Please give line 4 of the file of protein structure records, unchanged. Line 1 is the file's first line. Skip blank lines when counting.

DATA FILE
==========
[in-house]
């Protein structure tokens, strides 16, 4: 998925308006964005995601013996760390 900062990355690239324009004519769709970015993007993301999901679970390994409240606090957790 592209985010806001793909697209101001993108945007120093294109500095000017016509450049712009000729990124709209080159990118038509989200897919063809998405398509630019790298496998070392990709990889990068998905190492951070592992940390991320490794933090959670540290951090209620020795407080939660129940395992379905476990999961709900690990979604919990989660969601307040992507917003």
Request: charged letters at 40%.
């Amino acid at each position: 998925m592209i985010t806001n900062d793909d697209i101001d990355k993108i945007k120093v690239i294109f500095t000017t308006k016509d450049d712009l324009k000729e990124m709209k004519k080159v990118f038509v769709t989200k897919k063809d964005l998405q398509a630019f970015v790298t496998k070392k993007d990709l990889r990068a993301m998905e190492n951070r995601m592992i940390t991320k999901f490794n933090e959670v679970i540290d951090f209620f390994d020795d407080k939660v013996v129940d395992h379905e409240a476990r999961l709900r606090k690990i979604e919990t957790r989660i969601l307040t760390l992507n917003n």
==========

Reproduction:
């Amino acid at each position: 998925m592209i985010t806001n900062d793909d697209i101001d990355k993108i945007k120093v690239i294109f500095t000017t308006k016509d450049d712009l324009k000729e990124m709209k004519k080159v990118f038509v769709t989200k897919k063809d964005l998405q398509a630019f970015v790298t496998k070392k993007d990709l990889r990068a993301m998905e190492n951070r995601m592992i940390t991320k999901f490794n933090e959670v679970i540290d951090f209620f390994d020795d407080k939660v013996v129940d395992h379905e409240a476990r999961l709900r606090k690990i979604e919990t957790r989660i969601l307040t760390l992507n917003n």